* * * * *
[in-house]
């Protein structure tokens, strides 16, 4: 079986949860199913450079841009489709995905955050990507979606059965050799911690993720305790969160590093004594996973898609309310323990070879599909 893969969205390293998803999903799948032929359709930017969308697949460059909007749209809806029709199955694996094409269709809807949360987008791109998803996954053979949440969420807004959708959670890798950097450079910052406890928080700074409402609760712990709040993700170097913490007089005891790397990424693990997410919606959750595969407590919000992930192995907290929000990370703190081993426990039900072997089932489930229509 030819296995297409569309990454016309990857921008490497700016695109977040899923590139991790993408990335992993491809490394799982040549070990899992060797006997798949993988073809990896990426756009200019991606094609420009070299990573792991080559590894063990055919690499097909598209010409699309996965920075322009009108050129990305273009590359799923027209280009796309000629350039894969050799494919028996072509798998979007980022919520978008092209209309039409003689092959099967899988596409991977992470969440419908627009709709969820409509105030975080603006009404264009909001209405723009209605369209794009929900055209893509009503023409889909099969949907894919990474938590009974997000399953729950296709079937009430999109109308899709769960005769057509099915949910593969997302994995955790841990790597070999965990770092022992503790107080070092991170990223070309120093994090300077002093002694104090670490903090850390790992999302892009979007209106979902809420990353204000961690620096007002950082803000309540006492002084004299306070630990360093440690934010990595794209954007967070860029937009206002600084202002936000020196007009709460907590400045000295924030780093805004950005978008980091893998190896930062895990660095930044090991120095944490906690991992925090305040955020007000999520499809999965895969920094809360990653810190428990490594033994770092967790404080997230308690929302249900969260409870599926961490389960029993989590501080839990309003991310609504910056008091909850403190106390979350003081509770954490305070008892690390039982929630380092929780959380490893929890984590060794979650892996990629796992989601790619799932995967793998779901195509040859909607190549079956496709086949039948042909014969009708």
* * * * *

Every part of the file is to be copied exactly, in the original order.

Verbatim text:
[in-house]
């Protein structure tokens, strides 16, 4: 079986949860199913450079841009489709995905955050990507979606059965050799911690993720305790969160590093004594996973898609309310323990070879599909 893969969205390293998803999903799948032929359709930017969308697949460059909007749209809806029709199955694996094409269709809807949360987008791109998803996954053979949440969420807004959708959670890798950097450079910052406890928080700074409402609760712990709040993700170097913490007089005891790397990424693990997410919606959750595969407590919000992930192995907290929000990370703190081993426990039900072997089932489930229509 030819296995297409569309990454016309990857921008490497700016695109977040899923590139991790993408990335992993491809490394799982040549070990899992060797006997798949993988073809990896990426756009200019991606094609420009070299990573792991080559590894063990055919690499097909598209010409699309996965920075322009009108050129990305273009590359799923027209280009796309000629350039894969050799494919028996072509798998979007980022919520978008092209209309039409003689092959099967899988596409991977992470969440419908627009709709969820409509105030975080603006009404264009909001209405723009209605369209794009929900055209893509009503023409889909099969949907894919990474938590009974997000399953729950296709079937009430999109109308899709769960005769057509099915949910593969997302994995955790841990790597070999965990770092022992503790107080070092991170990223070309120093994090300077002093002694104090670490903090850390790992999302892009979007209106979902809420990353204000961690620096007002950082803000309540006492002084004299306070630990360093440690934010990595794209954007967070860029937009206002600084202002936000020196007009709460907590400045000295924030780093805004950005978008980091893998190896930062895990660095930044090991120095944490906690991992925090305040955020007000999520499809999965895969920094809360990653810190428990490594033994770092967790404080997230308690929302249900969260409870599926961490389960029993989590501080839990309003991310609504910056008091909850403190106390979350003081509770954490305070008892690390039982929630380092929780959380490893929890984590060794979650892996990629796992989601790619799932995967793998779901195509040859909607190549079956496709086949039948042909014969009708």